This Chromebook is a bit on the heavy side, weighing in at 3.09lbs. But that is also the price you pay for having a rugged machine here. Acer has also built in a rather interesting feature. It's a drainage system, which will allow for up to 11 ounces of liquid to be spilled on the Chromebook Spin 11 and it still work. It does explain why the Chromebook Spin 11 is not flat, and also is another reason why this is meant for kids and/or students.
Acer has an 11.6-inch 1366x768 touchscreen display on the Chromebook Spin 11 here, which in 2017 doesn't look that great. With a good number of other laptops - running both Windows and macOS - sporting Quad HD or 4K displays, something that is barely HD is pretty tough to use. But then again, we have to remember the main use-case here, which is in classrooms. And this screen will work perfectly fine in classrooms. Viewing angles actually work pretty well here.
This is a touchscreen, so you can fold the display back and use it in tent mode, display or as a tablet. It is a 10-point touchscreen, so you can use multiple fingers at the same time. Meaning that things like pinch to zoom works perfectly fine. In fact, the majority of the time that I was using this Chromebook, I used it as a tablet, along with the Wacom pen that was included with the Chromebook Spin 11. The display does have some massive bezels around it, and that comes back to the major theme with this Chromebook, ruggedness. With the bezels being a bit wider, it means that when the Chromebook is dropped, even in tablet mode, if the corner of the screen hits the ground, the actual display will stay intact.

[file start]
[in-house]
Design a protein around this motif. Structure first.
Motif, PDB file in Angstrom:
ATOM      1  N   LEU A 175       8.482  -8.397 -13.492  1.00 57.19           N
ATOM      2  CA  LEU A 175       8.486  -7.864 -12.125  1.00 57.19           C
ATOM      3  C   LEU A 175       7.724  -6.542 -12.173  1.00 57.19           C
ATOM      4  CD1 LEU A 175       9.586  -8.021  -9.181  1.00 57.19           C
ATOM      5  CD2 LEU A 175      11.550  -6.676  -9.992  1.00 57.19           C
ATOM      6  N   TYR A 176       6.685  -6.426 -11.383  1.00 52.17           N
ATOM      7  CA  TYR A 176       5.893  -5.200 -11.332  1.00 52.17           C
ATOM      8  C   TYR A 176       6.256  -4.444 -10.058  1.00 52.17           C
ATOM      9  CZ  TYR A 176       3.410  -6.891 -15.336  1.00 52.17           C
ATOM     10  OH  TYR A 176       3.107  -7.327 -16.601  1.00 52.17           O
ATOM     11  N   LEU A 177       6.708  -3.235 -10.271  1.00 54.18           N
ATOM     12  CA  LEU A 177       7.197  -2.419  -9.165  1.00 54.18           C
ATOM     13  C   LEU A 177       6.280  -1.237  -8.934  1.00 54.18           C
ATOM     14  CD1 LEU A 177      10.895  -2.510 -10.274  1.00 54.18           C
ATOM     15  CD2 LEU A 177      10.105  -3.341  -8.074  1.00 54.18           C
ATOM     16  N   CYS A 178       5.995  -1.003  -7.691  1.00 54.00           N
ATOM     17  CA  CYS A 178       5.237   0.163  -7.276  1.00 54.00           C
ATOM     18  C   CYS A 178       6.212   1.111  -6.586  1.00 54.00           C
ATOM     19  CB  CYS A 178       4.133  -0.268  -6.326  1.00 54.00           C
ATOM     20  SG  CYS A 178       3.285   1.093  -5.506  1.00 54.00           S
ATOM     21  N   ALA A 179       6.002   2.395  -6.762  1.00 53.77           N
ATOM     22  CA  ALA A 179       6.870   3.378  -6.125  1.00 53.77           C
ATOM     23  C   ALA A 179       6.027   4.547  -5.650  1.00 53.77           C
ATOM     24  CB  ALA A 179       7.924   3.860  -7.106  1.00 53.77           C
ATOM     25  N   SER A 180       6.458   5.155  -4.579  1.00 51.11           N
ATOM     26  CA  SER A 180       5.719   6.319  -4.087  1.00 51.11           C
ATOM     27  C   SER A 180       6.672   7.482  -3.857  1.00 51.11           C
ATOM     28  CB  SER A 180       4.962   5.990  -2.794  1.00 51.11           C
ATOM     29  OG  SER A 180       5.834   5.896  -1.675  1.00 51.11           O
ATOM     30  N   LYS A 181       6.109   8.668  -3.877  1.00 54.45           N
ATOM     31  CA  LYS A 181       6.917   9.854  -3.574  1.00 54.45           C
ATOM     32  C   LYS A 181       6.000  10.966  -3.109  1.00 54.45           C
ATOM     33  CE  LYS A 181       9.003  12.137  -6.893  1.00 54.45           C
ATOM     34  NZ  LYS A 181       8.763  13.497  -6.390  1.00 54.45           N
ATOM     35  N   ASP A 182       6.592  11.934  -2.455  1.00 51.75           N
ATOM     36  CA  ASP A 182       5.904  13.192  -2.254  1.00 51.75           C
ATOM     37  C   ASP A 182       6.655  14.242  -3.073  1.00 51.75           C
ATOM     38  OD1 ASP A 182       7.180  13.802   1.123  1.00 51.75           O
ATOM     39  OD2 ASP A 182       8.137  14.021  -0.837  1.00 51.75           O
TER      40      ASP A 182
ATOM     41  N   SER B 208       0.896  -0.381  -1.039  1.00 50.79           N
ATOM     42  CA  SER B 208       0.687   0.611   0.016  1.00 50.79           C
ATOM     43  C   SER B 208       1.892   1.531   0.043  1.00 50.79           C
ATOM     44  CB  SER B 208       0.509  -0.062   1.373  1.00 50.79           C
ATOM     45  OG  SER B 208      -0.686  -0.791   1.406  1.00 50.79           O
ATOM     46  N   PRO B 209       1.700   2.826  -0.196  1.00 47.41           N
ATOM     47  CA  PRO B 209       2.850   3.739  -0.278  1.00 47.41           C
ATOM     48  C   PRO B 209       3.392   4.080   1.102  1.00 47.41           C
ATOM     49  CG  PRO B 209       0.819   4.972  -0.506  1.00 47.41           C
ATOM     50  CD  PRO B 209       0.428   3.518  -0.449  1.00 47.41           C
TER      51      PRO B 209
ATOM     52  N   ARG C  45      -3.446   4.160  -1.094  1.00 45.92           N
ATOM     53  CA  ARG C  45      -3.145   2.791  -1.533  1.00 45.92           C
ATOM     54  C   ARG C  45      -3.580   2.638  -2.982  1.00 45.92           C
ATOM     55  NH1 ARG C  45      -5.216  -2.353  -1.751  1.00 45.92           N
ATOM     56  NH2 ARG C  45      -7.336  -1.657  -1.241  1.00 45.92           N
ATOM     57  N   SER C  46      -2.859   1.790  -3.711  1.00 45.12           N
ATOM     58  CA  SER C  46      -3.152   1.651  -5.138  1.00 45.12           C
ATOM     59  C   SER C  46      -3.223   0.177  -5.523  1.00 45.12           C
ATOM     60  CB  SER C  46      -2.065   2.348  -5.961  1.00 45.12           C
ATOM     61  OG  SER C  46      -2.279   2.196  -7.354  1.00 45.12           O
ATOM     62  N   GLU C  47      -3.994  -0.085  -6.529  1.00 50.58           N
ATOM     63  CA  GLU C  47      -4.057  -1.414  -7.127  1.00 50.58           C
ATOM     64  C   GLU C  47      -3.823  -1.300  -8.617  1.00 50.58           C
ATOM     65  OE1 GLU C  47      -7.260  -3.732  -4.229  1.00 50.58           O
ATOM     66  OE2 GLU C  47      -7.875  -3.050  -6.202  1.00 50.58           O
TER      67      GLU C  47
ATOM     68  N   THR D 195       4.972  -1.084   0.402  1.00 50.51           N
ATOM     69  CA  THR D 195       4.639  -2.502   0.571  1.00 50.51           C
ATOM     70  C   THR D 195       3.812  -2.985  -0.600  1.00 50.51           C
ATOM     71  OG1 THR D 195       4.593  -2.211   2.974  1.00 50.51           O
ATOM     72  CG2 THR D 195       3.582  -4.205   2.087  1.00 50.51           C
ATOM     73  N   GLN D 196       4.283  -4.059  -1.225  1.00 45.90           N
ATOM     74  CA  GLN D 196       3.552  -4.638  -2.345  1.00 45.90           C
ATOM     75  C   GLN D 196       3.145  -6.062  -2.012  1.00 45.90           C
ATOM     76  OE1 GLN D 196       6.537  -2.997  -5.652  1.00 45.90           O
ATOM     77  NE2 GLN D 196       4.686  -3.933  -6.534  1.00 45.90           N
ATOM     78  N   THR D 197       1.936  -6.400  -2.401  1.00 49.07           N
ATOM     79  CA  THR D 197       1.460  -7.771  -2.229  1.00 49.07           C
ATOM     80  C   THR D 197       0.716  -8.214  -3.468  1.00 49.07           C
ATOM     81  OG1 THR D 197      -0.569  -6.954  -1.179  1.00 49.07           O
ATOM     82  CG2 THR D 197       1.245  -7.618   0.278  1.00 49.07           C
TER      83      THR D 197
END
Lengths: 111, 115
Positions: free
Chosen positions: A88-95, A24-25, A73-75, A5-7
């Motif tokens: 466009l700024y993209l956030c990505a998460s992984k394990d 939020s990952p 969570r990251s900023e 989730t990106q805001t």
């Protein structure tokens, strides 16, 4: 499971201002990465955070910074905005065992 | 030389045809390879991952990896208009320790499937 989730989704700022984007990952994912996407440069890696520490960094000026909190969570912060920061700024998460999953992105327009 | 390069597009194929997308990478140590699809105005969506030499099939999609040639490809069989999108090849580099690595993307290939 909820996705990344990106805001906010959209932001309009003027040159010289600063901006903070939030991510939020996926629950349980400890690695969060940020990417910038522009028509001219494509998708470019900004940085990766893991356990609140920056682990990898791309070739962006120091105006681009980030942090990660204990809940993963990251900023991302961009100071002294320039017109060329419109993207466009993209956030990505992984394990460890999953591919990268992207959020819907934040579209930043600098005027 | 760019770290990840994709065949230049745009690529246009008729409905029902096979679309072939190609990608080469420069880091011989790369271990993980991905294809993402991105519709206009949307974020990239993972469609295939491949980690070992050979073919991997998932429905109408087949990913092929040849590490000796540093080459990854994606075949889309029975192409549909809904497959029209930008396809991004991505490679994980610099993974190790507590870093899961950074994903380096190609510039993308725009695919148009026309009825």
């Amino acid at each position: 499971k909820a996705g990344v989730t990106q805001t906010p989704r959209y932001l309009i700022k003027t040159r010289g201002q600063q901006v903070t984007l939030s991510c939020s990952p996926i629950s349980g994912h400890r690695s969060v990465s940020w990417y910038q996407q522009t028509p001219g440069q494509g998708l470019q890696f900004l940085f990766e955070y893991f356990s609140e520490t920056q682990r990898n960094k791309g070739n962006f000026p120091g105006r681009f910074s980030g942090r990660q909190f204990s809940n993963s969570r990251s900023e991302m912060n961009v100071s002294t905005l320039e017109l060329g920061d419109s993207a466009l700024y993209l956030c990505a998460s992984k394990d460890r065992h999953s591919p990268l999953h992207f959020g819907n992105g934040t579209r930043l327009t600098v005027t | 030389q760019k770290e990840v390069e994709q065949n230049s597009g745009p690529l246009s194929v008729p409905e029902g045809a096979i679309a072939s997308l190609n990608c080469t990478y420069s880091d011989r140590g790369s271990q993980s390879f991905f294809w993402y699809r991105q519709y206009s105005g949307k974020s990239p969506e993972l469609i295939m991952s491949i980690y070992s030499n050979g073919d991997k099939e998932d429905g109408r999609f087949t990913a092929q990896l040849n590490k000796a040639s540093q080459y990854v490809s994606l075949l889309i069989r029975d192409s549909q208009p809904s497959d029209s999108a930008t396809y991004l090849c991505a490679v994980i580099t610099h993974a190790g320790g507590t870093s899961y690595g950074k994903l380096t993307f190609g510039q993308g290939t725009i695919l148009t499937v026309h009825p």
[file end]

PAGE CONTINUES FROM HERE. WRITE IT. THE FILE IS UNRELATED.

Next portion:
Wacom Stylus Pen
Having a stylus included with the Chromebook Spin 11 is actually a really good idea. It's a fairly inexpensive accessory for Acer to include, and it really changes the experience. However, there's no dedicated place to keep the stylus on the Chromebook Spin 11. For example, with the Samsung Chromebook Pro and Plus, there is a silo that the S Pen slides into. The Microsoft Surface uses magnets to keep the Surface Pen attached to the side of the tablet. None of that is available on the Chromebook Spin 11. And to be honest, I lost the Wacom Pen quite a few times, which is not good, especially when talking about using this particular machine in classrooms.
Actually using the stylus on the Chromebook Spin 11 was a dream, however. With Android apps being a part of the experience now, being able to use this pen really changed the experience here. I used it quite a bit in tent and tablet mode, since I didn't have access to the trackpad in those modes. It was great for swiping across the virtual keyboard, also scrolling through webpages and my Twitter feed. It's also very useful in note-taking apps, as well as drawing apps. In the settings, you are able to choose which app is your default note-taking app, and using the stylus tools in the lower right-hand corner, you can start a handwritten note. However, you cannot just open a new note in say Google Keep or Evernote and start writing with the Wacom Pen, nor does it translate handwriting to actual text. So it appears that this feature is half-baked right now. Hopefully, it's something that Google can work on in the future.